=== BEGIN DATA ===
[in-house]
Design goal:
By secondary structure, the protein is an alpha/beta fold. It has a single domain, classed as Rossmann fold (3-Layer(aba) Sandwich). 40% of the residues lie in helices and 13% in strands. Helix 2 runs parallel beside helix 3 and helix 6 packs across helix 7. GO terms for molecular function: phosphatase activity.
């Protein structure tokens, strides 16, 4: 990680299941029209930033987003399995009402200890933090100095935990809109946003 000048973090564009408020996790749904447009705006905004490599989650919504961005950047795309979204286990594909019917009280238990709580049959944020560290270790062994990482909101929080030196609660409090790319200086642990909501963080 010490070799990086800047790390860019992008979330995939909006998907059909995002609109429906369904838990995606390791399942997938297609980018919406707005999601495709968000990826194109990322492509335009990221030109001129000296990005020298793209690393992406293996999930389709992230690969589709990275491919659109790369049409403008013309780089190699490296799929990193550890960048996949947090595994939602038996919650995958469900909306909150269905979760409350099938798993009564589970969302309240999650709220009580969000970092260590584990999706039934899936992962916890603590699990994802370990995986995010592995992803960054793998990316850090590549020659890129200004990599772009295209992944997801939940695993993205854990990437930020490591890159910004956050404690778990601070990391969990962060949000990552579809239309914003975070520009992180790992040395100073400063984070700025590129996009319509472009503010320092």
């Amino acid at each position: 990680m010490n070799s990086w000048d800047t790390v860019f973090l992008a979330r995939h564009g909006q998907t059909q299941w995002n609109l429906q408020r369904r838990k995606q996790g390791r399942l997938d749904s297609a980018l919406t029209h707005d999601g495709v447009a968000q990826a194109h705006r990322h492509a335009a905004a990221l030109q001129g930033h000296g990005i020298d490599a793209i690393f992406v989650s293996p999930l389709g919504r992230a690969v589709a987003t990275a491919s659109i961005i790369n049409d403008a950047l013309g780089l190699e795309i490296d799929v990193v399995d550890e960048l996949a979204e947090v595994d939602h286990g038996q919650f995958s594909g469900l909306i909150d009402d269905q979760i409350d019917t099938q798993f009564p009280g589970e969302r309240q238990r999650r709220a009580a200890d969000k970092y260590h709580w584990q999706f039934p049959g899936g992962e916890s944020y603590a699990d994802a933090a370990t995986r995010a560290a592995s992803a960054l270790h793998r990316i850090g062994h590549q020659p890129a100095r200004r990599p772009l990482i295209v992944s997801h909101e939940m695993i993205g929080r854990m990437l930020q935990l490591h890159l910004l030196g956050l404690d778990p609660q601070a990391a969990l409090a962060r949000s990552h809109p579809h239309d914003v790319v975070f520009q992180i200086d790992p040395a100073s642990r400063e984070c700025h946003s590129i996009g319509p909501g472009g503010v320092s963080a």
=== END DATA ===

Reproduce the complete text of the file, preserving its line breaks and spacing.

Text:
[in-house]
Design goal:
By secondary structure, the protein is an alpha/beta fold. It has a single domain, classed as Rossmann fold (3-Layer(aba) Sandwich). 40% of the residues lie in helices and 13% in strands. Helix 2 runs parallel beside helix 3 and helix 6 packs across helix 7. GO terms for molecular function: phosphatase activity.
């Protein structure tokens, strides 16, 4: 990680299941029209930033987003399995009402200890933090100095935990809109946003 000048973090564009408020996790749904447009705006905004490599989650919504961005950047795309979204286990594909019917009280238990709580049959944020560290270790062994990482909101929080030196609660409090790319200086642990909501963080 010490070799990086800047790390860019992008979330995939909006998907059909995002609109429906369904838990995606390791399942997938297609980018919406707005999601495709968000990826194109990322492509335009990221030109001129000296990005020298793209690393992406293996999930389709992230690969589709990275491919659109790369049409403008013309780089190699490296799929990193550890960048996949947090595994939602038996919650995958469900909306909150269905979760409350099938798993009564589970969302309240999650709220009580969000970092260590584990999706039934899936992962916890603590699990994802370990995986995010592995992803960054793998990316850090590549020659890129200004990599772009295209992944997801939940695993993205854990990437930020490591890159910004956050404690778990601070990391969990962060949000990552579809239309914003975070520009992180790992040395100073400063984070700025590129996009319509472009503010320092």
């Amino acid at each position: 990680m010490n070799s990086w000048d800047t790390v860019f973090l992008a979330r995939h564009g909006q998907t059909q299941w995002n609109l429906q408020r369904r838990k995606q996790g390791r399942l997938d749904s297609a980018l919406t029209h707005d999601g495709v447009a968000q990826a194109h705006r990322h492509a335009a905004a990221l030109q001129g930033h000296g990005i020298d490599a793209i690393f992406v989650s293996p999930l389709g919504r992230a690969v589709a987003t990275a491919s659109i961005i790369n049409d403008a950047l013309g780089l190699e795309i490296d799929v990193v399995d550890e960048l996949a979204e947090v595994d939602h286990g038996q919650f995958s594909g469900l909306i909150d009402d269905q979760i409350d019917t099938q798993f009564p009280g589970e969302r309240q238990r999650r709220a009580a200890d969000k970092y260590h709580w584990q999706f039934p049959g899936g992962e916890s944020y603590a699990d994802a933090a370990t995986r995010a560290a592995s992803a960054l270790h793998r990316i850090g062994h590549q020659p890129a100095r200004r990599p772009l990482i295209v992944s997801h909101e939940m695993i993205g929080r854990m990437l930020q935990l490591h890159l910004l030196g956050l404690d778990p609660q601070a990391a969990l409090a962060r949000s990552h809109p579809h239309d914003v790319v975070f520009q992180i200086d790992p040395a100073s642990r400063e984070c700025h946003s590129i996009g319509p909501g472009g503010v320092s963080a």